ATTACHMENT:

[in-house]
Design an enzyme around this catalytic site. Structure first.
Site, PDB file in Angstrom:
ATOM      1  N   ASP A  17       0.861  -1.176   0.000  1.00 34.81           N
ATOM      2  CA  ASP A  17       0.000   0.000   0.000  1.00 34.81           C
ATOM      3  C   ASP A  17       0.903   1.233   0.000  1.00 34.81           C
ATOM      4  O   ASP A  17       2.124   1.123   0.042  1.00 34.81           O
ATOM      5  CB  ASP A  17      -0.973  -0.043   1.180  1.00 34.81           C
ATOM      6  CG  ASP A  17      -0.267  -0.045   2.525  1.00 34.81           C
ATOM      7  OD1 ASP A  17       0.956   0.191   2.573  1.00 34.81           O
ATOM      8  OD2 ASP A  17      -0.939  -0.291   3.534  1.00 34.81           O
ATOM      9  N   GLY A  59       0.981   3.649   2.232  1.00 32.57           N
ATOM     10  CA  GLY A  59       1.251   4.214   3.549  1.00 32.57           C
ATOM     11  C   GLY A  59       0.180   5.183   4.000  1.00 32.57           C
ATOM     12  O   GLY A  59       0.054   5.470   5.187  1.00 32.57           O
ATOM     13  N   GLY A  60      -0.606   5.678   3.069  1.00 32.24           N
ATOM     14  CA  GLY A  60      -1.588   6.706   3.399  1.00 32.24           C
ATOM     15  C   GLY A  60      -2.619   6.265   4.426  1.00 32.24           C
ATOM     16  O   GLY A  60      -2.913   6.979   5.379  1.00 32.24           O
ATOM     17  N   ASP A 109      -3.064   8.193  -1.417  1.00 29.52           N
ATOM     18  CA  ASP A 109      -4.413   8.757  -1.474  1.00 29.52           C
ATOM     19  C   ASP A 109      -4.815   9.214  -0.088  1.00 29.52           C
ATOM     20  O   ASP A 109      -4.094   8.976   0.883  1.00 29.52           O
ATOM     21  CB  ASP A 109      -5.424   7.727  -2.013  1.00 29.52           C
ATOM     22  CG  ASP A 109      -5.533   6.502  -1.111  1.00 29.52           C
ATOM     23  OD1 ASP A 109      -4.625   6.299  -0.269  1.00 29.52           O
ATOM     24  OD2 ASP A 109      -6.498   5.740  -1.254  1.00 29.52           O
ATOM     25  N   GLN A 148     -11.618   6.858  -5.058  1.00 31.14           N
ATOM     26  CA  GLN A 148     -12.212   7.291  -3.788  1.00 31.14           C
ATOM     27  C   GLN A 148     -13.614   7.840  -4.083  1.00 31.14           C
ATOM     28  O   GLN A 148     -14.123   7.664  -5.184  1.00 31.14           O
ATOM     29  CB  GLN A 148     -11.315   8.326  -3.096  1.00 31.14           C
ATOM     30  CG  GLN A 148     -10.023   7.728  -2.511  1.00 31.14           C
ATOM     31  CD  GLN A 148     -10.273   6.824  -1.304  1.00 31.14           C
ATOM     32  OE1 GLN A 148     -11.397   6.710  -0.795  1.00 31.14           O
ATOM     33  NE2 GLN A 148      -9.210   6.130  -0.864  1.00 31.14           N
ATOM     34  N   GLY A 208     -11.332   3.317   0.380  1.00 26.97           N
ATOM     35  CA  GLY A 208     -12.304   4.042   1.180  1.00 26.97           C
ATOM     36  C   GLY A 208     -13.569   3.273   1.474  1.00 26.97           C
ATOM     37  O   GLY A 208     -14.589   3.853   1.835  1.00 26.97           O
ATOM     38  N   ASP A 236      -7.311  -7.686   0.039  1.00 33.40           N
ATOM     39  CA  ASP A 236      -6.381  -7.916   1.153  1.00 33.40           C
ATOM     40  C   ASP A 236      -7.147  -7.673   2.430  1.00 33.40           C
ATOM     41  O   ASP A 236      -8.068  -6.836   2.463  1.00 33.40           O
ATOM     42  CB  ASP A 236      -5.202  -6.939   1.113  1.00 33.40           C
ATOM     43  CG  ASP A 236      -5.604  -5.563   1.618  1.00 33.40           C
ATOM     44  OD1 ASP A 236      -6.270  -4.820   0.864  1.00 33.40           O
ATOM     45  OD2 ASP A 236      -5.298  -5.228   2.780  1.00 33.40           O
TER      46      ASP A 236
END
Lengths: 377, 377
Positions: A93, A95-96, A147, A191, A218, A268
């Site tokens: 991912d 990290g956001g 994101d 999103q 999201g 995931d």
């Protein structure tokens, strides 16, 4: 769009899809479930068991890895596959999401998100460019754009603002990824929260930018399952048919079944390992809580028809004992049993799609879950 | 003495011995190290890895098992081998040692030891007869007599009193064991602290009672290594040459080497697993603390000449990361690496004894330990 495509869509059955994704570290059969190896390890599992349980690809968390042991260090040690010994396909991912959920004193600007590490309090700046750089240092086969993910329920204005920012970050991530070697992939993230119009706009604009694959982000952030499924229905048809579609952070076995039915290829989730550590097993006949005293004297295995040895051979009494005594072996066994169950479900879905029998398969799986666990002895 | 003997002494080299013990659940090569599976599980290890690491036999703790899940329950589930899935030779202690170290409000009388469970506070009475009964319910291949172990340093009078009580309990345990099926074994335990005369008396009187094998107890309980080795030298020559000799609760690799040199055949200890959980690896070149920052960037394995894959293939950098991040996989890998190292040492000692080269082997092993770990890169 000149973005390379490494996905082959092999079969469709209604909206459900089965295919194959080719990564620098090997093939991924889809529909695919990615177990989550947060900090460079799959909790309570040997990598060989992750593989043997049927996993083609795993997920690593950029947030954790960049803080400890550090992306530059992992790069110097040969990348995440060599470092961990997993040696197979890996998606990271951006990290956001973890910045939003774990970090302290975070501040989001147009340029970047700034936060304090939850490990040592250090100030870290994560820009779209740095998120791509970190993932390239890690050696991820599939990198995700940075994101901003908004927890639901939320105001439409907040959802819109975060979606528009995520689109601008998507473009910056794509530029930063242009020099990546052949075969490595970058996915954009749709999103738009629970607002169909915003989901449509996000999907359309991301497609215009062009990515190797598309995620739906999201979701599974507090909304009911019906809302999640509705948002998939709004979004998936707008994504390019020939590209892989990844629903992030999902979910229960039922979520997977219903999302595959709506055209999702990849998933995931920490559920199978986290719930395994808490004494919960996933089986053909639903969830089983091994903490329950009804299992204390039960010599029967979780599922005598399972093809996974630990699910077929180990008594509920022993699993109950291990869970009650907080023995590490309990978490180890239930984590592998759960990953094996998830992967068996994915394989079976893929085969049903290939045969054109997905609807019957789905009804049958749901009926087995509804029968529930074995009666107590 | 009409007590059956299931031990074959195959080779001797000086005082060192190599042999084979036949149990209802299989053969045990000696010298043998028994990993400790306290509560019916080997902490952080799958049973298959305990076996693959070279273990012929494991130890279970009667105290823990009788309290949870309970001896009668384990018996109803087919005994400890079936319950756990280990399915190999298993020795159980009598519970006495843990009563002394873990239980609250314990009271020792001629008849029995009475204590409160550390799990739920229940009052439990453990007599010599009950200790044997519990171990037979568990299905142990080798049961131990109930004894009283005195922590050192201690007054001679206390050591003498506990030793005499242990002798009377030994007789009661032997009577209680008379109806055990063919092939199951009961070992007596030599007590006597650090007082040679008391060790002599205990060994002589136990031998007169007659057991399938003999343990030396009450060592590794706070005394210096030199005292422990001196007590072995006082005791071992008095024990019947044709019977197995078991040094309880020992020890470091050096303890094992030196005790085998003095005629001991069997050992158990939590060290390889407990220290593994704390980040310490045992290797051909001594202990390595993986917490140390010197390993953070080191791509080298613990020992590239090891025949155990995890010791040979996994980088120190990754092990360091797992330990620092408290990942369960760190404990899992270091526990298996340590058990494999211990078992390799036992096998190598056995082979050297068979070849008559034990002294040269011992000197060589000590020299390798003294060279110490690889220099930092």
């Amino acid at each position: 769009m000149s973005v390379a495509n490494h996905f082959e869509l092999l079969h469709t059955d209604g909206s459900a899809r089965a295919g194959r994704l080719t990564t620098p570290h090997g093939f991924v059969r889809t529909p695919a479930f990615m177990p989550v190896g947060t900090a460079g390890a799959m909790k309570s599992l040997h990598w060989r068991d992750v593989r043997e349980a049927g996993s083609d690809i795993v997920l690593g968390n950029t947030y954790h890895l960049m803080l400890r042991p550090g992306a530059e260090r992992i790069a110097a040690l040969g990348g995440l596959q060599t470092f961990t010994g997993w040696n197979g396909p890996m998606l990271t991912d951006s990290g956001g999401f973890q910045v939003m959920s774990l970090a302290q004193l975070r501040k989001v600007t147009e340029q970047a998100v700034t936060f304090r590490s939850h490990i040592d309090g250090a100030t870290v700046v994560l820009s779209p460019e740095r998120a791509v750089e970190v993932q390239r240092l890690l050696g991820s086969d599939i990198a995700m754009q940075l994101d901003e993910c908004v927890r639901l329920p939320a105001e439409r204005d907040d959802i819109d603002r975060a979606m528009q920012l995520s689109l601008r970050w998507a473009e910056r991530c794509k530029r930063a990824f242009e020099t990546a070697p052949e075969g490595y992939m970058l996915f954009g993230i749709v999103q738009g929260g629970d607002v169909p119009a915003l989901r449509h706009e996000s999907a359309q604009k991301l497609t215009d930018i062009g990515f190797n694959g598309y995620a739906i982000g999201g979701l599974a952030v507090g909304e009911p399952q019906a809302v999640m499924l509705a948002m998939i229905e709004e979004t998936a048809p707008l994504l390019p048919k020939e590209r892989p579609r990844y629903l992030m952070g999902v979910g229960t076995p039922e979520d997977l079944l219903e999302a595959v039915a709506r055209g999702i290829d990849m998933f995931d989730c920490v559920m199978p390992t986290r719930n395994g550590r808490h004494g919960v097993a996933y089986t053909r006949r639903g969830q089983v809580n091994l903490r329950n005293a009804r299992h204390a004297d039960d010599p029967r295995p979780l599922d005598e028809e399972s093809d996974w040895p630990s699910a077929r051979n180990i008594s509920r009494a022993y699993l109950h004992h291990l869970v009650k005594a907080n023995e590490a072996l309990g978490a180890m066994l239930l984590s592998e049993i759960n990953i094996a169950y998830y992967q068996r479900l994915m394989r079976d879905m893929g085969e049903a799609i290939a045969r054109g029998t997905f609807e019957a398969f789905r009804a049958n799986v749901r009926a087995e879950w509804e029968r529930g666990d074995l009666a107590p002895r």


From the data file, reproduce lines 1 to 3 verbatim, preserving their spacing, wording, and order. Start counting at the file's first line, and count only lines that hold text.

[in-house]
Design an enzyme around this catalytic site. Structure first.
Site, PDB file in Angstrom: